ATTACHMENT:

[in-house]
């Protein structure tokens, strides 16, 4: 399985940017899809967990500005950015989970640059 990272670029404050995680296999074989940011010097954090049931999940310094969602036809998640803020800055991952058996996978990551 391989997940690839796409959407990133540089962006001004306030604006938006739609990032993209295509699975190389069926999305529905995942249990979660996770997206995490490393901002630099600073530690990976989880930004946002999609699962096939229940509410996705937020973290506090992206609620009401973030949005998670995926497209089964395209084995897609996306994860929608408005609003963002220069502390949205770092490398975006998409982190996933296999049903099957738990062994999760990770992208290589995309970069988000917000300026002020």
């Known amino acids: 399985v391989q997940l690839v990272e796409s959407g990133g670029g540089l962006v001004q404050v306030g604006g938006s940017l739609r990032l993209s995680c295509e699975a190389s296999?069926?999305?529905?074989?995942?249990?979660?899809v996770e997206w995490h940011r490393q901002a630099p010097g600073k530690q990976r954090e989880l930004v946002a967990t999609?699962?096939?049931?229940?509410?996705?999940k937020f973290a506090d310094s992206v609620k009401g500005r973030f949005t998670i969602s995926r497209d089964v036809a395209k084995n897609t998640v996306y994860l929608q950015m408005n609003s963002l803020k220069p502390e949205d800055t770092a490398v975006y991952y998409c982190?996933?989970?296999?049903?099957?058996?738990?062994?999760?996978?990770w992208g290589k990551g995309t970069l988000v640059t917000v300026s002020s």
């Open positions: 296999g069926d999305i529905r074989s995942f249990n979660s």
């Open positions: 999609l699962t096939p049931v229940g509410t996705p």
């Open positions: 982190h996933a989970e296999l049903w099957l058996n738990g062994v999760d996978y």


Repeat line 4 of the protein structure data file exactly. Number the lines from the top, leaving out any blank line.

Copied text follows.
């Open positions: 296999g069926d999305i529905r074989s995942f249990n979660s």